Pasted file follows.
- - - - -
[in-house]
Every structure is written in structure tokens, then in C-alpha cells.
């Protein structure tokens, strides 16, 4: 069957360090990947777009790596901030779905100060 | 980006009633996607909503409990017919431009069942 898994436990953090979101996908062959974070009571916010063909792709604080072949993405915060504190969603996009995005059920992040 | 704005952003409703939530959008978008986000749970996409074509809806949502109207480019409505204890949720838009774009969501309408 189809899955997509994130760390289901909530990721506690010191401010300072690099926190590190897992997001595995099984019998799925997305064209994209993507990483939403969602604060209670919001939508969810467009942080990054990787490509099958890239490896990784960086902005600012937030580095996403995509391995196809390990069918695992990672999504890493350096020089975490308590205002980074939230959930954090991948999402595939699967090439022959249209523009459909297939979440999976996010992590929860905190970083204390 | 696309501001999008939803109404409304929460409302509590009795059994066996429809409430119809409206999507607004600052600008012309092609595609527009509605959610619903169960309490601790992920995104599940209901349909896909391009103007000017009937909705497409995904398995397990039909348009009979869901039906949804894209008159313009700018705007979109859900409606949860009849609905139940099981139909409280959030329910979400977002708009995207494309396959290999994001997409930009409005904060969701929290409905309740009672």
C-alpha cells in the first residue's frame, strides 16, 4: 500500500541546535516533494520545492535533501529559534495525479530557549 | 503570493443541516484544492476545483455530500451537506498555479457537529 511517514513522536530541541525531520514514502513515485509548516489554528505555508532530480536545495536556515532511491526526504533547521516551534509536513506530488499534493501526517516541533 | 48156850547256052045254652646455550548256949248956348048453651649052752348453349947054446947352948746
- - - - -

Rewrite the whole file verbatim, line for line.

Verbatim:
[in-house]
Every structure is written in structure tokens, then in C-alpha cells.
């Protein structure tokens, strides 16, 4: 069957360090990947777009790596901030779905100060 | 980006009633996607909503409990017919431009069942 898994436990953090979101996908062959974070009571916010063909792709604080072949993405915060504190969603996009995005059920992040 | 704005952003409703939530959008978008986000749970996409074509809806949502109207480019409505204890949720838009774009969501309408 189809899955997509994130760390289901909530990721506690010191401010300072690099926190590190897992997001595995099984019998799925997305064209994209993507990483939403969602604060209670919001939508969810467009942080990054990787490509099958890239490896990784960086902005600012937030580095996403995509391995196809390990069918695992990672999504890493350096020089975490308590205002980074939230959930954090991948999402595939699967090439022959249209523009459909297939979440999976996010992590929860905190970083204390 | 696309501001999008939803109404409304929460409302509590009795059994066996429809409430119809409206999507607004600052600008012309092609595609527009509605959610619903169960309490601790992920995104599940209901349909896909391009103007000017009937909705497409995904398995397990039909348009009979869901039906949804894209008159313009700018705007979109859900409606949860009849609905139940099981139909409280959030329910979400977002708009995207494309396959290999994001997409930009409005904060969701929290409905309740009672």
C-alpha cells in the first residue's frame, strides 16, 4: 500500500541546535516533494520545492535533501529559534495525479530557549 | 503570493443541516484544492476545483455530500451537506498555479457537529 511517514513522536530541541525531520514514502513515485509548516489554528505555508532530480536545495536556515532511491526526504533547521516551534509536513506530488499534493501526517516541533 | 48156850547256052045254652646455550548256949248956348048453651649052752348453349947054446947352948746